Nipahvirus-induzierte Zytokinantwort in porcinen und humanen respiratorischen Epithelzellen

Das hochpathogene Nipahvirus (NiV), das zu dem Genus Henipavirus in der Familie Paramyxoviridae gehört, führt seit 1998 zu Ausbrüchen in Südostasien. Dabei verursacht das Virus schwere Erkrankungen in verschiedenen Spezies und hohe Letalitätsraten beim Menschen, wogegen es keine Behandlungsmöglichke...

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Bibliographic Details
Main Author: Elvert, Mareike
Contributors: Maisner, Andrea (Prof. Dr.) (Thesis advisor)
Format: Doctoral Thesis
Published: Philipps-Universität Marburg 2020
Online Access:PDF Full Text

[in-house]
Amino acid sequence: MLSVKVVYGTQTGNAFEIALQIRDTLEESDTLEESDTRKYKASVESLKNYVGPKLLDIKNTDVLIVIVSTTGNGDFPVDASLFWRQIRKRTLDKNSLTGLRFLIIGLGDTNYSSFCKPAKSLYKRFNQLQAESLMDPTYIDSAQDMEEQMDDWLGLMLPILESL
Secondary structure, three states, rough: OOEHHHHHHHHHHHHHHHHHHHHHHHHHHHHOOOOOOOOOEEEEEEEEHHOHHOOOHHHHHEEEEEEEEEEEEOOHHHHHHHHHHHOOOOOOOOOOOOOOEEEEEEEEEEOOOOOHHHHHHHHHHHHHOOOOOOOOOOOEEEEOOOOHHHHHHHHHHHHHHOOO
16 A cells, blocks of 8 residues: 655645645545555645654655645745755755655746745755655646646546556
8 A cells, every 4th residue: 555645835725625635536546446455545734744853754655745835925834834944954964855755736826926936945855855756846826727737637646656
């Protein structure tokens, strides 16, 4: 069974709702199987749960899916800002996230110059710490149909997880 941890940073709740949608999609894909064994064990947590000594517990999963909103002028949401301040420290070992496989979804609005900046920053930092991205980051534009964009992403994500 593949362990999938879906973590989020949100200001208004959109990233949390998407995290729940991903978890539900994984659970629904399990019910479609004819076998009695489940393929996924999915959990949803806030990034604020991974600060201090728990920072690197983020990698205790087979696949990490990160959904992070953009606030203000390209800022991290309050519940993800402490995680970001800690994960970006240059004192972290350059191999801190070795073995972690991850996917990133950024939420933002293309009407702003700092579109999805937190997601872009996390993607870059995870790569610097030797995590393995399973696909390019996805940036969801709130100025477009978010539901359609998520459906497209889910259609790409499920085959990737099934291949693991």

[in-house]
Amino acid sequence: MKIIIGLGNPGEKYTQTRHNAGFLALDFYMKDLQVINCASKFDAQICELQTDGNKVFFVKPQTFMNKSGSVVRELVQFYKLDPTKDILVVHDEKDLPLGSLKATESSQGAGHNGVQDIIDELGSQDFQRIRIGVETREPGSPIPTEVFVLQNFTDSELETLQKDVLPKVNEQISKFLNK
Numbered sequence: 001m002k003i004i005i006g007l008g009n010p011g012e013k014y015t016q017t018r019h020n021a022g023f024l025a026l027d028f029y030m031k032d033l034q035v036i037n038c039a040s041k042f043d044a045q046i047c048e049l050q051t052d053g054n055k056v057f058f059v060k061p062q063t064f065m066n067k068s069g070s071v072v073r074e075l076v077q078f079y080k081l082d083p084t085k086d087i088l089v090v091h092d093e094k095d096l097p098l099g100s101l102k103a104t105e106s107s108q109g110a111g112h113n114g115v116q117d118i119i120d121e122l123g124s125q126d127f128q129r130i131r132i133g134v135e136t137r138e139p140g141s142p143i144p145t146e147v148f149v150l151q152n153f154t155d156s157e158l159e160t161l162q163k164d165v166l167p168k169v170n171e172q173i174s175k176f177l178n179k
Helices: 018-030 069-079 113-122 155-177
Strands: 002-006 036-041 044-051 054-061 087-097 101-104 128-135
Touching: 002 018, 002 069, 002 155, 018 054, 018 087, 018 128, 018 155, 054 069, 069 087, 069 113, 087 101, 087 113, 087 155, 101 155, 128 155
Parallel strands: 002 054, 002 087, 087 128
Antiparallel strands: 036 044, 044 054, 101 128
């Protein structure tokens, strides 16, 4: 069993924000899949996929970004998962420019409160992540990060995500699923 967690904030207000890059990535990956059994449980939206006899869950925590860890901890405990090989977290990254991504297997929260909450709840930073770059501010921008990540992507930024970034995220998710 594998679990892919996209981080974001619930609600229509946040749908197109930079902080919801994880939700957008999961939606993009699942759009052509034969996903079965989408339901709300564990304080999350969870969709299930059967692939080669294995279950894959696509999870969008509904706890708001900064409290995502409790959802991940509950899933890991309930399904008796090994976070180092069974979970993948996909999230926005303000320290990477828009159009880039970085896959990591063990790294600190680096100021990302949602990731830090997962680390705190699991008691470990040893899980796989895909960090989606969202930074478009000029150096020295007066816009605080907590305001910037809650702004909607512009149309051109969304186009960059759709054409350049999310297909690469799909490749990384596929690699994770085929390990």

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The highly pathogenic Nipah virus (NiV), which belongs to the genus Henipavirus in the family Paramyxoviridae causes outbreaks of infection in Southeast Asia since 1998. NiV induces severe diseases in various species and high mortality rates in humans, while no treatment or vaccination is available. For these reasons, NiV is classified as a biological safety level 4 (BSL-4) pathogen. Due to severe course of disease, NiV is listed on the R&D Blueprint list of priority diseases of the World Health Organization (WHO). This list contains viruses prioritized for further research. During the first outbreak in Malaysia and Singapore in 1998/1999, NiV was transmitted from the virus reservoir, fruit bats, to pigs. Infected pigs showed a severe symptomatic inflammation of the lung and transmitted the virus also to humans via secretions. Infected humans developed severe encephalitis but rarely showed respiratory symptoms or virus shedding in airway secretions. Because the genome sequences of NiV isolates from pigs and humans do not differ, the variations in the respiratory involvement indicate host species-specific differences. Our research group already revealed that the entry receptor for NiV (Ephrin-B2) is differently expressed in human and porcine respiratory epithelial cells, which also influenced the infection efficiency. The aim of this work was to identify further host factors that influence NiVMalaysia infection in airway epithelia. Therefore, infection studies in primary human and porcine respiratory epithelial cells were performed. NiV replication, the release of infectious virus particles and innate immune responses, namely the induction of interferons (IFNs), interferon-stimulated genes (ISGs) and proinflammatory cytokines, were investigated. NiV infection of human and porcine epithelial cells from different parts of the lung (trachea, bronchia, small airways) showed that all epithelial cells reacted with an upregulation of type III IFN, especially IFN-λ2,3 (human) or IFN-λ3 (porcine). Both, human and porcine bronchial epithelial cells showed higher IFN responses to NiV compared to epithelial cells from the trachea or small airways. In addition to quantitative differences in the IFN response in cells from different parts of the lung, this work revealed clear species-specific differences in cytokine induction. Direct comparative studies of NiV-infected human and porcine bronchial epithelial cells (HBEpC and PBEpC) showed that, despite similar replication rates (measured via the intracellular viral RNA content), the type III IFN and ISG responses in PBEpC were significantly reduced compared to HBEpC. The release of infectious virus particles (virus titres in the cell supernatant) was increased in PBEpC. This suggests that NiV induces a relatively low antiviral response in porcine bronchial epithelial cells and replicates productively. The infection studies of this work have further shown that, despite the limited IFN and ISG response, NiV infection induced a prominent expression of proinflammatory cytokines (IL-6, IL-8) in porcine bronchial epithelial cell cultures. Altogether, the comparative infection studies in this work provide the first clear evidence that differences in cytokine response are important host species-specific factors that could influence NiV infection in the human and porcine lung. Based on these results, the differences observed in vivo in respiratory symptoms and virus shedding in respiratory secretions might be explained as follows: In humans, NiV infection in the lung triggers a moderate proinflammatory response and induces an efficient IFN-dependent antiviral immune response, which in turn limits virus production. In contrast, NiV infection in pigs causes a pronounced inflammatory response in the lung. The IFN-dependent inhibition of virus replication is limited, which may explain the prominent respiratory symptoms in pigs and the productive virus shedding via airway secretions. Since IFN-λ appears to play an important role in the antiviral immune response in bronchial epithelia, the effects of cyclosporine A (CSA) were analyzed, which was recently found to cause an IFN-λ dependent inhibitory effect on MERS coronaviruses. In fact, CSA treatment of primary human and porcine bronchial epithelial cells resulted in type III IFN upregulation and a strong inhibition of NiV infection. Wheter CSA is a possible therapeutic approach to inhibit NiV infection in the lung, should be tested in the future in a more complex primary cell culture models containing larger intact epithelial layers with diverse epithelial and submucosal cell types. Therefore, in the last part of this work, a method to generate lung slices, so-called porcine ex vivo lung slices cultures, was established. The lung slices prepared from fresh pig lungs were vital for several days and infection with recombinant NiVeGFP could be successfully detected by autofluorescent NiV-positive cells in the bronchial lumen and the lung tissue. Thus, a system is available for future NiV inhibitor studies in a complex ex vivo cell model.